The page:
fragment

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fragment

[′frag·mənt]
(ordnance)
A piece of an exploding or exploded bomb, projectile, or the like.
To break into fragments.

fragment

fragment

(1) In networking, one piece of a data packet that has been broken into smaller pieces in order to accommodate the maximum transmission unit (MTU) size of a network. See IP fragmentation.

(2) In a disk file system, a part of a file that is located elsewhere on the disk (not contiguous with the rest of the file). See fragmentation.

(3) In computer graphics, a pixel that has been transformed from its original state and is ready to update the frame buffer. See fragment processor.
References in periodicals archive ?
of Salford, England) explores the fragmentary mode and its deployment in the poetry of the 18th century as experiments in composing fragments.
Comparisons of antemortem and postmortem images of fragmentary skeletal remains that had been buried since 1977 were performed using an IBM-compatible computer and Adobe Photoshop 6.
Too reticent about personal relationships and too fragmentary in its political analysis, it is, instead, an unclassifiable work: frustrating, tantalizing, elusive.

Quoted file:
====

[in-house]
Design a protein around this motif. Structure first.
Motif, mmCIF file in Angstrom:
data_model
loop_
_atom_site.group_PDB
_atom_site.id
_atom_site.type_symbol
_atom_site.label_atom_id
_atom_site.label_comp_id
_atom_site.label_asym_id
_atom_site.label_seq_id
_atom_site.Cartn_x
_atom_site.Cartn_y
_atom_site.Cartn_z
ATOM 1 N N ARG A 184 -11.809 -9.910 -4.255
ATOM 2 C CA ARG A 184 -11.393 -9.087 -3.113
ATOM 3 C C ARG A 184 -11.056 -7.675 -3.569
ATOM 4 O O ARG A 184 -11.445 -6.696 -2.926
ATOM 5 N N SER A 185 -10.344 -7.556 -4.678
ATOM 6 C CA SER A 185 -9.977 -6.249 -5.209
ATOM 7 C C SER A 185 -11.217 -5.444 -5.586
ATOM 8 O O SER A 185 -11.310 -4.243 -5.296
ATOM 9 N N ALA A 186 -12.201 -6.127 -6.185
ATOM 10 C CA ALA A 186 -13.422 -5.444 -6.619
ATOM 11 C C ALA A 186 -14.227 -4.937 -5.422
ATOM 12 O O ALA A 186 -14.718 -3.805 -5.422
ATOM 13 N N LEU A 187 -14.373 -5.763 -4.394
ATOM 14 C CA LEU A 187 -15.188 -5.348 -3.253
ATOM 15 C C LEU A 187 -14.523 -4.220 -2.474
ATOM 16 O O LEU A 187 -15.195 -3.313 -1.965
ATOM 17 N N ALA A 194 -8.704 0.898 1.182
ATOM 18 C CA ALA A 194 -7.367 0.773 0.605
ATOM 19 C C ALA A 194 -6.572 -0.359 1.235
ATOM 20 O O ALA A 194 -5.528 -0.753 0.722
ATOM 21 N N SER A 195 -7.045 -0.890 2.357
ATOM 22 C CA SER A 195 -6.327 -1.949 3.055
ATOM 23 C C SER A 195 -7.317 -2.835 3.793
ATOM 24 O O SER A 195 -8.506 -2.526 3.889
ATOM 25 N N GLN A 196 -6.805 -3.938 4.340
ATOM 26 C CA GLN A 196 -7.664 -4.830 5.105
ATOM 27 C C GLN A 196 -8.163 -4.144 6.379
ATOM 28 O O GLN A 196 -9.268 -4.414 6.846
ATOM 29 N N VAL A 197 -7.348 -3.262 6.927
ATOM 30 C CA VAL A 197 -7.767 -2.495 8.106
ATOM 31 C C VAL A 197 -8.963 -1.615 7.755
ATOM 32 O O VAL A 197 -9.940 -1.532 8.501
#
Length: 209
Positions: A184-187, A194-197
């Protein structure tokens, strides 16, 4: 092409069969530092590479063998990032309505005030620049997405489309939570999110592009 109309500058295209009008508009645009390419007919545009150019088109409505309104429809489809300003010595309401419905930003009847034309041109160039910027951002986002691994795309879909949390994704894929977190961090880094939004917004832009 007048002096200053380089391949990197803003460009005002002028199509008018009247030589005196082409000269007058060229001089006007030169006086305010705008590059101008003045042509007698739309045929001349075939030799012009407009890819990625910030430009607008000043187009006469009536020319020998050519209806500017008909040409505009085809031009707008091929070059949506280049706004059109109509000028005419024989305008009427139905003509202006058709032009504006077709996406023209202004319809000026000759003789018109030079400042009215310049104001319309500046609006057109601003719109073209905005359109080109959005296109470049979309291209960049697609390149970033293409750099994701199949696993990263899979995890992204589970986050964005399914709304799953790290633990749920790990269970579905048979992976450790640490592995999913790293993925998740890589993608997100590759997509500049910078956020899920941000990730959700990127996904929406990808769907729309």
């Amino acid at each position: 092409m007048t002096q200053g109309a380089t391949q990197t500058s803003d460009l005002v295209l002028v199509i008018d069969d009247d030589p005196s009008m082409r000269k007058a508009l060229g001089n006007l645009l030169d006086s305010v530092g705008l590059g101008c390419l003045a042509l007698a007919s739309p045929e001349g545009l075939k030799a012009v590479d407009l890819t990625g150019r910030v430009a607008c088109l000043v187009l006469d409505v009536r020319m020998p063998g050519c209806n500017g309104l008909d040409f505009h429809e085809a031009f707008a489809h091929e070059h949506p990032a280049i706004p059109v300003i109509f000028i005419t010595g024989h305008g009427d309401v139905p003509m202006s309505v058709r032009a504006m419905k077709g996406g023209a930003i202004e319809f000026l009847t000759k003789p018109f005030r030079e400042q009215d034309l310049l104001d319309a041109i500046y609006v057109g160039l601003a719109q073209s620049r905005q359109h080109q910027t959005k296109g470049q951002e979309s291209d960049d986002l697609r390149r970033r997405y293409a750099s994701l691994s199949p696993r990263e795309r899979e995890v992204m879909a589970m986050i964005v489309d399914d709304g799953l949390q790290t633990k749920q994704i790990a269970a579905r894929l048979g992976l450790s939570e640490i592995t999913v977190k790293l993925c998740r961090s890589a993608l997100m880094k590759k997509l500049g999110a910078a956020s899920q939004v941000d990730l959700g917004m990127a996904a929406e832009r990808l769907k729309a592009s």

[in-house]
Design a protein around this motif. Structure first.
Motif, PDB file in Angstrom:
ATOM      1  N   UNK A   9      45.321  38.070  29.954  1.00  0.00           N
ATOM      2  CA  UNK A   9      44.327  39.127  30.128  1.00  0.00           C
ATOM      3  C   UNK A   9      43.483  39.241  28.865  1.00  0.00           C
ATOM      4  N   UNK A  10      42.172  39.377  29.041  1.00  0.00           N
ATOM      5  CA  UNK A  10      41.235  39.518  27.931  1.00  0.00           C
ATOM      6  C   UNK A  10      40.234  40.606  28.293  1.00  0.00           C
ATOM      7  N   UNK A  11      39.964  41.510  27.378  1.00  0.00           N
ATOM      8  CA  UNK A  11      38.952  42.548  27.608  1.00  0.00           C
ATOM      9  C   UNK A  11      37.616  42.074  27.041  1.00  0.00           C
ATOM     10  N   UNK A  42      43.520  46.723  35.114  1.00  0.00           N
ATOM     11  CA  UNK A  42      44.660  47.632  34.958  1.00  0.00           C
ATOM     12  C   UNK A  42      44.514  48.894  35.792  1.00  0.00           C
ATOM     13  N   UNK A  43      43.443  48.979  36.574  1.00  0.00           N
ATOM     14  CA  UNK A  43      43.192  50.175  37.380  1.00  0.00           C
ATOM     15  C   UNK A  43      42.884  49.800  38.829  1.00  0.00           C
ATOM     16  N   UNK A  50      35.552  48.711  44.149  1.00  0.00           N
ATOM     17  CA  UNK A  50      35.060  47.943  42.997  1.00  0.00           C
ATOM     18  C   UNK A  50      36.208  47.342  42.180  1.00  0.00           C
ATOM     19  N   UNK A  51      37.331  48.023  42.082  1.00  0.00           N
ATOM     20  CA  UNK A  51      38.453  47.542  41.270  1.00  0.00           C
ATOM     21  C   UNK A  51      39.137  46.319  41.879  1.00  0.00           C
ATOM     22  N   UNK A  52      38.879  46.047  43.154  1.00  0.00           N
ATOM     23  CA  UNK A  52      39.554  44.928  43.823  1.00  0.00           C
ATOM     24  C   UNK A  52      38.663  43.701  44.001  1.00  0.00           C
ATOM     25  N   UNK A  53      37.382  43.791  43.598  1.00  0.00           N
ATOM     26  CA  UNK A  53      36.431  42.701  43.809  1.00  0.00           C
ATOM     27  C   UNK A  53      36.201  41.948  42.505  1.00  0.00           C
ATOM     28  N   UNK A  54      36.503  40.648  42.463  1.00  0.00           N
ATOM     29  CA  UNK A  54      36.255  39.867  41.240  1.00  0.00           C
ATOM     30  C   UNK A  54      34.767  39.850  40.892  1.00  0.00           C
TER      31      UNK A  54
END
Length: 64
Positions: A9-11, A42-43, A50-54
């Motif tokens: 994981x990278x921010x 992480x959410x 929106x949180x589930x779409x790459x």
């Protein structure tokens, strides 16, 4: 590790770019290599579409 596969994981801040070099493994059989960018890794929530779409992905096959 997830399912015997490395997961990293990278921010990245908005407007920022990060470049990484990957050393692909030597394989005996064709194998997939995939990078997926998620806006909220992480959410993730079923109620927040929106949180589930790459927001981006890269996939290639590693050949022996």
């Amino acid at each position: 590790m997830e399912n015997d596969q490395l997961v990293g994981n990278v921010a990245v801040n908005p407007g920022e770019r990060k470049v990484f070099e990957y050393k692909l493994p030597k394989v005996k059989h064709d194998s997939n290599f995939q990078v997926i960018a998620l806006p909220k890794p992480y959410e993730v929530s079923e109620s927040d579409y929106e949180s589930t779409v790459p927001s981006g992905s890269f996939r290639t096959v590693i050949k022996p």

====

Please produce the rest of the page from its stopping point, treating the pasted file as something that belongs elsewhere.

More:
Where Jackson's Child Sexual Abuse in Victorian England (2000) was able to construct detailed discussions of particular incidents from court records and reports and the sometimes fragmentary case files of organizations like the National Society for the Prevention of Cruelty to Children, the Children's Society or the Waifs and Strays, Barrett and Brown do not have the same material at hand.
There is a slightly fragmentary dimension to the argument at times--though this is probably inevitable, given the range and ambition of the project.
The count is still fragmentary, and the complete toll - if it is ever tallied - is sure to be significantly higher.
One is a fragmentary lower last molar of a stegodontid and the second is the upper jaw and toothrow of a juvenile hippopotamus.
Disorganized, fragmentary or prolix case notes are equally time-honored hallmarks of poor medical charting.
This paper attempts to unify the varied research in media literacy in order to make sense of this growing yet fragmentary movement and to organize the widely varied literature by the locus, objectives, and depth of the initiative.
Wood was shot on video, and, amazingly, Pierce managed to imbue the images (all fragmentary, slow-motion shallow focus) with the same tender beauty he has exhibited in his film work.
Abraham is the earliest (around 1700 BC) biblical character for whom we have a fragmentary or episodic biography.